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VIEWPOINT: USDOL Announces Final Rule to Boost Salary Level to Qualify for White-Collar Exemptions

By Subhash Viswanathan

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On April 23, 2024, the U.S. Department of Labor (USDOL) announced its final rule to increase the minimum weekly salary to qualify for the Fair Labor Standards Act white-collar exemptions. The final rule [was] published in the Federal Register on April 26, and will become effective on July 1.

Under the final rule, the minimum weekly salary will increase in two stages. On July 1, 2024, the minimum weekly salary to qualify for the executive, administrative, and professional exemptions will increase from $684 per week (the annual equivalent of $35,568) to $844 per week (the annual equivalent of $43,888). This new salary level is based on the 20th percentile of weekly earnings of full-time salaried workers in the lowest-wage Census Region. 

On Jan. 1, 2025, the minimum weekly salary to qualify for the executive, administrative, and professional exemptions will increase to $1,128 per week (the annual equivalent of $58,656). This new salary level is based on the 35th percentile of weekly earnings of full-time salaried workers in the lowest-wage Census Region. The final rule does not make any changes to the duties’ requirements for any of the white-collar exemptions, and still includes exceptions to the salary level and salary-basis requirements for teachers, lawyers, doctors, medical interns, and medical residents.

The USDOL’s final rule also increases the annual-salary threshold to qualify for the highly compensated employee exemption in two stages. On July 1, 2024, the threshold will increase from $107,432 to $132,964, which is based on the 80th percentile of annual earnings of full-time salaried workers nationally. On Jan. 1, 2025, the threshold will increase to $151,164, which is based on the 85th percentile of annual earnings of full-time salaried workers nationally. To qualify for the highly compensated employee exemption, an employee must meet the annual salary threshold and must satisfy at least one element of the duties test for the executive, administrative, or professional exemption.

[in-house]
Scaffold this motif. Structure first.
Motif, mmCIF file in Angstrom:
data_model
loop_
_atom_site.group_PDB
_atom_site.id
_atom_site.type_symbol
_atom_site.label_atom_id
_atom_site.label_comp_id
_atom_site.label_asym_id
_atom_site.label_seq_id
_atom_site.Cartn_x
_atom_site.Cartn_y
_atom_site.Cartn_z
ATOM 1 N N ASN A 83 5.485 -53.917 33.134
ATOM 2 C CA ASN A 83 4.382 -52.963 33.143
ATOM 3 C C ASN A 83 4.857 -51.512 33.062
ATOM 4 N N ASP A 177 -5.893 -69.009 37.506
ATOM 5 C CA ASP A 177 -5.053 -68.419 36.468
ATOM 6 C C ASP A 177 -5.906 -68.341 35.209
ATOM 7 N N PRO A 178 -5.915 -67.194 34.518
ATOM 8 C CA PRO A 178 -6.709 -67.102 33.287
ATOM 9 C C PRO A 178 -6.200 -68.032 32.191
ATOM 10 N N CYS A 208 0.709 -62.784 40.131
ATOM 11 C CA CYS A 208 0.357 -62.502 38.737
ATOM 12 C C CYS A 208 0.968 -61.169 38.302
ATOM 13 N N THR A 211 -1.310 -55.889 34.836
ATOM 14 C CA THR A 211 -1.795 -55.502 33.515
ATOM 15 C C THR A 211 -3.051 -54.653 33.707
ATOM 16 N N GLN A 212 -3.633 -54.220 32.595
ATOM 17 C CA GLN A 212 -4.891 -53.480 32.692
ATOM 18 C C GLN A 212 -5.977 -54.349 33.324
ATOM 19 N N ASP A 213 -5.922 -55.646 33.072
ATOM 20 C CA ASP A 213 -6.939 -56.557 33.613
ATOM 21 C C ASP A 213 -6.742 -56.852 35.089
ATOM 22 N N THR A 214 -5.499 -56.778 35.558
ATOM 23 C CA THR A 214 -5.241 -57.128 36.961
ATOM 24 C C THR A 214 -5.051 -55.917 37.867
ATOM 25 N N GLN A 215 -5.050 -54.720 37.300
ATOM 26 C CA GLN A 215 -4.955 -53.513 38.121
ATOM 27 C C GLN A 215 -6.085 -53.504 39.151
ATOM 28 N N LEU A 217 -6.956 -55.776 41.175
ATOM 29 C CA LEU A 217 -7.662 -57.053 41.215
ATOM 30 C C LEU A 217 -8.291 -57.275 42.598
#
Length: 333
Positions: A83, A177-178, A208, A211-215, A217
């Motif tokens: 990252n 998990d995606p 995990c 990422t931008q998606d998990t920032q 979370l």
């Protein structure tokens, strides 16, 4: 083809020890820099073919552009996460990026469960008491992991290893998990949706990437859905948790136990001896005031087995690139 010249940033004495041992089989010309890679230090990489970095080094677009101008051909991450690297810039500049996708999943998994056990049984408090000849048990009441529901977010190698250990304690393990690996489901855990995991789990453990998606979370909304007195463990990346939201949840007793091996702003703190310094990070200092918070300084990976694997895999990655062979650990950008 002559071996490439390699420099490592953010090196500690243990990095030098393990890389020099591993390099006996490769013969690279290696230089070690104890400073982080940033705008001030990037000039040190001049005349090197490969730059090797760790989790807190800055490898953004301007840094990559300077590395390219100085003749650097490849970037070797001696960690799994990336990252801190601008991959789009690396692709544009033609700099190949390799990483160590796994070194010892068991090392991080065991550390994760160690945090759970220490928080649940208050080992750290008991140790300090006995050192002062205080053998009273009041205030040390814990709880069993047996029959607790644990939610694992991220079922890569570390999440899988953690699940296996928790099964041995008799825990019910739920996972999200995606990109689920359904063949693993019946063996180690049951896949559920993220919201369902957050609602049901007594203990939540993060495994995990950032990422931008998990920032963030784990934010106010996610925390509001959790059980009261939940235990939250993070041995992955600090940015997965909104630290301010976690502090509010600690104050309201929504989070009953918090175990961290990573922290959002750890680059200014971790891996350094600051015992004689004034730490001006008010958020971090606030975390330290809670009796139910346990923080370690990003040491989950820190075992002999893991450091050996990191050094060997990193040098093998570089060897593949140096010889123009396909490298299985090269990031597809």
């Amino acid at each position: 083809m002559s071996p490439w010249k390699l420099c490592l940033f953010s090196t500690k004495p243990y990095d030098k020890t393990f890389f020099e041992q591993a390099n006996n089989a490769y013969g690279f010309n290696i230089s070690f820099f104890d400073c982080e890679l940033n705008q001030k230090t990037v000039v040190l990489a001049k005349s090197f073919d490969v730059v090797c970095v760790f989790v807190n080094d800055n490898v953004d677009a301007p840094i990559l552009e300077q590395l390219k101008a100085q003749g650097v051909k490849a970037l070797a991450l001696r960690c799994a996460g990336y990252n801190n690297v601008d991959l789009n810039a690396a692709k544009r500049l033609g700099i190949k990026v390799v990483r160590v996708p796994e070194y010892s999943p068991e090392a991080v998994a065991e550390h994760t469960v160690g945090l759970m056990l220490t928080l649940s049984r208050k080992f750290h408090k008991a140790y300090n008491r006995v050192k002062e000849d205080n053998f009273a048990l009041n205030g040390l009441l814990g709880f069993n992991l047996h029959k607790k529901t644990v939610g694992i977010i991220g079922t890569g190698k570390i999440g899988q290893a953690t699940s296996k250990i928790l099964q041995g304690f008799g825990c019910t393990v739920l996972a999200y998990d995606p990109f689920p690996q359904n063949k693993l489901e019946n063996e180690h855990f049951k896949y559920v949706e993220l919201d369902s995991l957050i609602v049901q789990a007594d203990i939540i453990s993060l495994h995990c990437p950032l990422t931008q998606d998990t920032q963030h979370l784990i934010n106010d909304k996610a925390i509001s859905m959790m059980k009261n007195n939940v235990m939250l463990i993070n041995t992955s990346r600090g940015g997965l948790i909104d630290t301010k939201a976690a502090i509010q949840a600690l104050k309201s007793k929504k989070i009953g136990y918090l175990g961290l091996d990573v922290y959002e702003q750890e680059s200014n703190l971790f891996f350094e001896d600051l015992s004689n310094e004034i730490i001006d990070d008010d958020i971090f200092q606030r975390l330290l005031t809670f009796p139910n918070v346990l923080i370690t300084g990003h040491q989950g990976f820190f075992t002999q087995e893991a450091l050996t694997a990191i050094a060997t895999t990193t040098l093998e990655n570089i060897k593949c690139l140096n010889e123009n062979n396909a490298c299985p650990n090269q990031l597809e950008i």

The final rule also establishes automatic increases to these salary levels every three years, beginning on July 1, 2027. The minimum weekly salary level to qualify for the executive, administrative, and professional exemptions will be based on the 35th percentile of weekly earnings of full-time salaried workers in the lowest-wage Census Region, and the minimum annual salary level to qualify for the highly compensated employee exemption will be based on the 85th percentile of earnings of full-time salaried workers nationally.

New York’s minimum salary level in 2024 to qualify for the executive and administrative exemptions is higher than $844 per week in all regions ($1,200 in downstate New York and $1,124.20 in upstate New York). New York’s minimum salary level in 2025 to qualify for the executive and administrative exemptions will also be higher than $1,128 per week in all regions ($1,237.50 in downstate New York and $1,161.65 in upstate New York). 

However, New York does not set a minimum salary level to qualify for the professional exemption, so employers will need to review the salary levels of their professional employees to ensure that they meet the new federal threshold. In addition, New York’s minimum salary threshold to qualify for the executive and administrative exemptions is “inclusive of board, lodging, or other allowances and facilities,” but the federal minimum salary threshold must be “exclusive of board, lodging, or other facilities.” So, employers that count housing or meal allowances toward the New York minimum salary threshold will need to ensure that the new federal salary threshold is met when those housing or meal allowances are excluded.

There may be some legal challenges to the final rule, just as there were in 2016 after the USDOL issued a final rule increasing the exempt salary threshold to $913 per week. In 2016, the U.S. District Court for the Eastern District of Texas issued a nationwide injunction prohibiting the USDOL from implementing the final rule.       


Subhash Viswanathan is a member (partner) at Bond, Schoeneck & King PLLC in Syracuse. He represents employers in many different industries on labor and employment issues. Contact Viswanathan at suba@bsk.com. This viewpoint is drawn from the law firm’s New York Labor and Employment Law Report on its website.

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